These Are the Best Factory Hot Rods of All Time

These Are the Best Factory Hot Rods of All Time

From American icons to European sleepers, these are your picks for the best factory hot rods of all time.

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A photo of a white Mercedes C63 AMG Black Series coupe.
Is this Black Series Mercedes the best factory hot rod?
Photo: Mercedes-Benz

At the base level, a Hot Rod is a car that takes a humble-looking body and packs it with more power than you can shake a stick at. And, while this is a formula we’re used to seeing tuners and wrenchers perfect, some automakers have got it dialed down to a T.

So we wondered what some of the best hot rods to roll off the factory floor might be. And, obviously, this meant turning to you to uncover some of your picks. And from American icons to European sleepers, we received some great responses.

Click through the following slides to uncover some of the best factory hot rods of all time.

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Dodge Neon SRT-4

Dodge Neon SRT-4

A photo of a white Dodge Neon SRT-4 with black stripes on the hood.
Photo: RTShadow via Wikimedia Commons

“When I hear Hot Rod I think of cars that people didn’t expect to be fast because they were based on something that was pathetic. Best car that pops into mind for that is the Neon SRT-4.

“That car just came out of nowhere. Suddenly here was this factory stock FWD economy car with a big turbo and no muffler that ran door to door with the same year Mustang GT in the 1/4 mile.. and if that wasn’t good enough the dealer would sell you stage kits that allowed you to flip a switch to remap for race fuel (and run mid 12's with just this kit, race fuel, and drag radials).”

Humble stylings, check. More power than any car this size should have, check. We’re off to a strong start already.

Suggested by: Joel Mashack (Facebook)

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Volvo V60 Polestar

Volvo V60 Polestar

A photo of a blue Polestar V60 sedan.
Photo: Volvo

“What makes the Volvo V60 Polestar a hot rod?

“They took a normal car, added a bigger snailyboi, front and rear spoilers, rear diffuser, and exhaust bypass with fully custom stainless steel piping.

“Then, they shoved 20" wheels where they clearly don’t fit.

“It went from a small Euro lux wagon to a shouty blue race-wagon. Stated MPG will never be achieved, for after you hear that glorious straight-six turbo , you will forever drive the streets in sport mode, for there you have been and there you long to remain.”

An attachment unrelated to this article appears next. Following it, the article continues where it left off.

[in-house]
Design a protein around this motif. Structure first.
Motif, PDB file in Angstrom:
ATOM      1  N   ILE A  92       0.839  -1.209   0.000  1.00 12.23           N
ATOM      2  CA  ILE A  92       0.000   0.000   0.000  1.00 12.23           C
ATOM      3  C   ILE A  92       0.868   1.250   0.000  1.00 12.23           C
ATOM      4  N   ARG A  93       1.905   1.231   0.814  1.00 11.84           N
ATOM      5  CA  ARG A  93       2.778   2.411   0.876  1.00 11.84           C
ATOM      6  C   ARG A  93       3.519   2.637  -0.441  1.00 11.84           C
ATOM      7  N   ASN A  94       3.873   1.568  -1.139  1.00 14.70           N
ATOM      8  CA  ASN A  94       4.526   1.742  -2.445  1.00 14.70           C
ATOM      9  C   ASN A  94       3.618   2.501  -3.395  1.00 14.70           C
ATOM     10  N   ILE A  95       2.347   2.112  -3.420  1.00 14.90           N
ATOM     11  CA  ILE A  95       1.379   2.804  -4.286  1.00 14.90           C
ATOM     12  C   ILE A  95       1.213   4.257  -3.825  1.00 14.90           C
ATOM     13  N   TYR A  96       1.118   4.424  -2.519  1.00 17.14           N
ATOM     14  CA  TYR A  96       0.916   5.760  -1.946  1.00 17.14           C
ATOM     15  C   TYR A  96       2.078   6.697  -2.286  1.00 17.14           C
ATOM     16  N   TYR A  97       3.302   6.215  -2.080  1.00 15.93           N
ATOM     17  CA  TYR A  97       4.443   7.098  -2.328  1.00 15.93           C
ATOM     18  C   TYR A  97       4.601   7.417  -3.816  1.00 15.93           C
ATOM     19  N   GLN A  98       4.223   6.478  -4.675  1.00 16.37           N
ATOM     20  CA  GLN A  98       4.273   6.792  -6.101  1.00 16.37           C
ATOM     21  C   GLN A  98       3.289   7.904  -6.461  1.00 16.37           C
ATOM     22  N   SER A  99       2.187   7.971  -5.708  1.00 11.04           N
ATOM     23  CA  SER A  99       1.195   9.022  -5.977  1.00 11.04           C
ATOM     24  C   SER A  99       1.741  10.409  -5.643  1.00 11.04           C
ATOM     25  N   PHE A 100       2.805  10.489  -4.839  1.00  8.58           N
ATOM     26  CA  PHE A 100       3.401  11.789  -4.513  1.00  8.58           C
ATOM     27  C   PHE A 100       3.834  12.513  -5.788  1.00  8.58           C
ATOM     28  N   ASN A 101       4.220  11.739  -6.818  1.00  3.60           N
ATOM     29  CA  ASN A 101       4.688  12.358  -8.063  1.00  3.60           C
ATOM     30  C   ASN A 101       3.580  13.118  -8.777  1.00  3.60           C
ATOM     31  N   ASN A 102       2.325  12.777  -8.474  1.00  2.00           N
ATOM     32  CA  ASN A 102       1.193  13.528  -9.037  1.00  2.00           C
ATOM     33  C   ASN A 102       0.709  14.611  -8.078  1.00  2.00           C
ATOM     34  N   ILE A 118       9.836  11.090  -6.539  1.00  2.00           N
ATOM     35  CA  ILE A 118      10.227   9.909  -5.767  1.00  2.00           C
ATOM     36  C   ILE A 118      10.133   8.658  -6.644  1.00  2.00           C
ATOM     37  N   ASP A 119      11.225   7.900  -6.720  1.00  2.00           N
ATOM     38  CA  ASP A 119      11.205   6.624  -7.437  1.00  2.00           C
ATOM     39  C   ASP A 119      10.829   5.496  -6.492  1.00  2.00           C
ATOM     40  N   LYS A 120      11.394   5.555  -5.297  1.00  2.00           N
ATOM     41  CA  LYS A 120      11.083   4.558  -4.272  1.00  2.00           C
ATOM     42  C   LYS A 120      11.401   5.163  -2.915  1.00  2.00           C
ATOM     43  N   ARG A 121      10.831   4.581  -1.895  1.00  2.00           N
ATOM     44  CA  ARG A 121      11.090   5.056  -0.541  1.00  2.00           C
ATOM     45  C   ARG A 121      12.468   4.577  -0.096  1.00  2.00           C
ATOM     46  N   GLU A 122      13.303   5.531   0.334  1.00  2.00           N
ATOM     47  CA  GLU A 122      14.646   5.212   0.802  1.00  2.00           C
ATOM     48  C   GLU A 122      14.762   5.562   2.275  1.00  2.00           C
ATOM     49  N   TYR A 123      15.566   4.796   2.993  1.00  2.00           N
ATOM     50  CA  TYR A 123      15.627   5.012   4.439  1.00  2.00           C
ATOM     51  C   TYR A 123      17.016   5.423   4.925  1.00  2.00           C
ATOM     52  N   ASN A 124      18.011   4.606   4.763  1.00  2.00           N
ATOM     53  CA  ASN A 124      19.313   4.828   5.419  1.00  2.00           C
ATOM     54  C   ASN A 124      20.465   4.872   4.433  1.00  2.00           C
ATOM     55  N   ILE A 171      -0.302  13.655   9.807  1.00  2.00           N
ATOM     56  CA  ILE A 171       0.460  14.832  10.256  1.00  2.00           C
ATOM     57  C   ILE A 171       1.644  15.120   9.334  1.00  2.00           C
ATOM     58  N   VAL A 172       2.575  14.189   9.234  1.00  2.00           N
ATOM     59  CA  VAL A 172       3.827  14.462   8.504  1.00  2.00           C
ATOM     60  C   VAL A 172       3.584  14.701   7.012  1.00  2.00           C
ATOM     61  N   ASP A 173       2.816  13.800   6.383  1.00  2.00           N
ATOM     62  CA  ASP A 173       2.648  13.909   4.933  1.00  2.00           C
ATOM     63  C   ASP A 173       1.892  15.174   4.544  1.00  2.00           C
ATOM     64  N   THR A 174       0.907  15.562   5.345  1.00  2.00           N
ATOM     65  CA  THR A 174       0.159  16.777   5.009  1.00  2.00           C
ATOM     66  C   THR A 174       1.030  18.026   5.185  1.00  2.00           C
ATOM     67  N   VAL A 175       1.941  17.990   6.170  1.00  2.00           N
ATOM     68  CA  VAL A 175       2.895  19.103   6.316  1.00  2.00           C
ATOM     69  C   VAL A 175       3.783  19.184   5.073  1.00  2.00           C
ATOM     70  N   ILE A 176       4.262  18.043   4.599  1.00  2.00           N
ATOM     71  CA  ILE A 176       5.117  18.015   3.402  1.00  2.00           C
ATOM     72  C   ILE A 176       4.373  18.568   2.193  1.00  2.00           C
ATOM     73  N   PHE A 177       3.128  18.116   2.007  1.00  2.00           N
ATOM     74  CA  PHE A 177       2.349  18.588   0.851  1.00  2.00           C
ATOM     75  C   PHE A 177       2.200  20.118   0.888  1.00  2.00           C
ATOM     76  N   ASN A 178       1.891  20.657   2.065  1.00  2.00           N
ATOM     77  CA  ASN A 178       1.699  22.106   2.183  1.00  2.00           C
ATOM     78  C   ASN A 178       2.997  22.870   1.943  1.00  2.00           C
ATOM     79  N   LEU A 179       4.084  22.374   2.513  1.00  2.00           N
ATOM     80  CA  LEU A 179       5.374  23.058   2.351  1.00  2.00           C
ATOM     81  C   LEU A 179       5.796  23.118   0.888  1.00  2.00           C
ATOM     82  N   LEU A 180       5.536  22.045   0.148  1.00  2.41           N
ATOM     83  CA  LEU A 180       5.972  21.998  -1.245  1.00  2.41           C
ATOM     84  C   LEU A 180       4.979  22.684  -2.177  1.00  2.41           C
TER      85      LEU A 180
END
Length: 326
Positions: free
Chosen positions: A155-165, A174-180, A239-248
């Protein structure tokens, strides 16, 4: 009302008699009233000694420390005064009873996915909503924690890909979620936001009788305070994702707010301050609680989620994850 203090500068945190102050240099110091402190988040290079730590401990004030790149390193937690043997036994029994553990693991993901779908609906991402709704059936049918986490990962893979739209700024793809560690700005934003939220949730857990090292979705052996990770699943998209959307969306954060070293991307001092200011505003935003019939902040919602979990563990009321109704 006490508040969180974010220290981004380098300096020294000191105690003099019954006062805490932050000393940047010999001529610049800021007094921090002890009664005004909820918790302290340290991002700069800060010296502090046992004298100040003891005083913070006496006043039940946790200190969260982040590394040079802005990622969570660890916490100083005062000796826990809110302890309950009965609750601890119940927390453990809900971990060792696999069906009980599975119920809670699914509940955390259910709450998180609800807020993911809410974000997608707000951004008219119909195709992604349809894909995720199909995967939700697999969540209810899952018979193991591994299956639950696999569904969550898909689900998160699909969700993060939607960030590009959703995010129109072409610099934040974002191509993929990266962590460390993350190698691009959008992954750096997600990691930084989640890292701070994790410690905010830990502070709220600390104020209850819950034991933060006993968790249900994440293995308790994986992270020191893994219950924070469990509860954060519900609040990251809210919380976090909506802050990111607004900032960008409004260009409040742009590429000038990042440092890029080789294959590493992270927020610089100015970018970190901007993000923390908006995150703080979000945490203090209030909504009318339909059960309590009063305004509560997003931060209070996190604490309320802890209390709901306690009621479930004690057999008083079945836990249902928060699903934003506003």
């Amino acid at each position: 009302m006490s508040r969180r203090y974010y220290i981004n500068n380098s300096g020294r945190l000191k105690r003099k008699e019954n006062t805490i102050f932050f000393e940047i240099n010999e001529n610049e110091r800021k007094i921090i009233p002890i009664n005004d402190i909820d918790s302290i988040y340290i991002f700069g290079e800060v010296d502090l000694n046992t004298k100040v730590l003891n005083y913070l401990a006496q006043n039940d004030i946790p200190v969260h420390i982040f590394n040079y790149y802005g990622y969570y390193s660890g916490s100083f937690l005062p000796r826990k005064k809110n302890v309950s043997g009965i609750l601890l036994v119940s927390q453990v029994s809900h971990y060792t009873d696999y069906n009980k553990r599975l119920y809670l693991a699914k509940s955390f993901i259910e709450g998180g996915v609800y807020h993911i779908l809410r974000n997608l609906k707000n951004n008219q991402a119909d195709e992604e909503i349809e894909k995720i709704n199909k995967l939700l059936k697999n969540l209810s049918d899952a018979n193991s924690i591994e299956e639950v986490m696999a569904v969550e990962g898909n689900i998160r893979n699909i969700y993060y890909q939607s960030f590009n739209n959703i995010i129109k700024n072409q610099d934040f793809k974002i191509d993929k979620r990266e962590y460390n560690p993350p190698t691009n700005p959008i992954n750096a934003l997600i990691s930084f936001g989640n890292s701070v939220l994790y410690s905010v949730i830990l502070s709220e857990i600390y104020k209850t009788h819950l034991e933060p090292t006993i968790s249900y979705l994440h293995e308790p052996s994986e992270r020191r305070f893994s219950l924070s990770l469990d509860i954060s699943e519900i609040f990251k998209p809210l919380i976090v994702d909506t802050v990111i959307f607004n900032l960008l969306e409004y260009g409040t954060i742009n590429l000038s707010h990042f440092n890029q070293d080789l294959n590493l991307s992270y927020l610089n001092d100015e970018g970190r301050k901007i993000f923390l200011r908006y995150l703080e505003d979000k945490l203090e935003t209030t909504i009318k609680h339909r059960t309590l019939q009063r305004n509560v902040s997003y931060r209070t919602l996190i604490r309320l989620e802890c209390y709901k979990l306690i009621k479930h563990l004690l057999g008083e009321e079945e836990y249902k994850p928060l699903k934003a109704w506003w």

That’s a compelling case in favor of the V60 Polestar, which was launched in 2013 in a beautiful blaze of blue.

Suggested by: zippiot

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Chevrolet Camaro

Chevrolet Camaro

A photo of a red Chevrolet from the 1990s.
Photo: Chevrolet

“I don’t think there will ever be a better factory hot rod than the ‘93-’02 Camaro Z28s and SSes (and their sister Pontiac Formulas, Trans Ams, and Firehawks).

“They were large enough for three adults and had a huge hatchback opening so you didn’t have to have a second car. They were reliable and fuel efficient enough that you could daily drive them. They were loud from the factory (‘93-’97) so you didn’t need to get an aftermarket exhaust to wake them up. They were available as new cars with factory warrantied optional go-fast equipment, including optional SLP exhausts to wake up the comparatively quiet LS1 years (‘98-’02 SSes). The aftermarket was (and is) huge for go-fast parts.

“They might not compare horsepower-wise to the late model Camaros (and other cars like Hellcat Challengers), but they were affordable, fun, and good daily drivers. You have to be wealthy and/or older (40s-50s) to have a late model factory hot rod these days, especially if you want more than just a base model without any options, and most options today can’t handle a Home Depot or Sam’s Club trip (except the Challenger, but that’s because that’s not a car, that’s a CAR).

“‘Back in the day’ if you could afford a Toyota Camry, you could afford a Camaro Z28, and that really can’t be said today. For comparison... ‘97 Camry base price $24,018, ‘97 Camaro Z28 base price $20,115... ‘22 Camry LE base price $26,870 or ‘22 Camry XLE base price $31,620, ‘22 Camaro LT1 base price $35,195 or ‘22 Camaro 1SS base price $38,695.

“I understand there’s inflation involved and it’s like comparing apples to oranges, but you won’t find a current hot rod on most 20-somethings or 30-somethings’ shopping lists because most of the options still available are only priced for empty nesters in their 50s and most of the options available today don’t particularly make good daily drivers. You sacrifice a lot of storage.

“Some of you guys may not consider storage or ‘good daily driver’ important for a hot rod, but in my mind, the ‘best hot rod’ can be driven every single day.”

Suggested by: Brandon Blaise Brown (Facebook)

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Chrysler Prowler

Chrysler Prowler

A photo of a purple Chrysler Prowler convertible.
Photo: Chrysler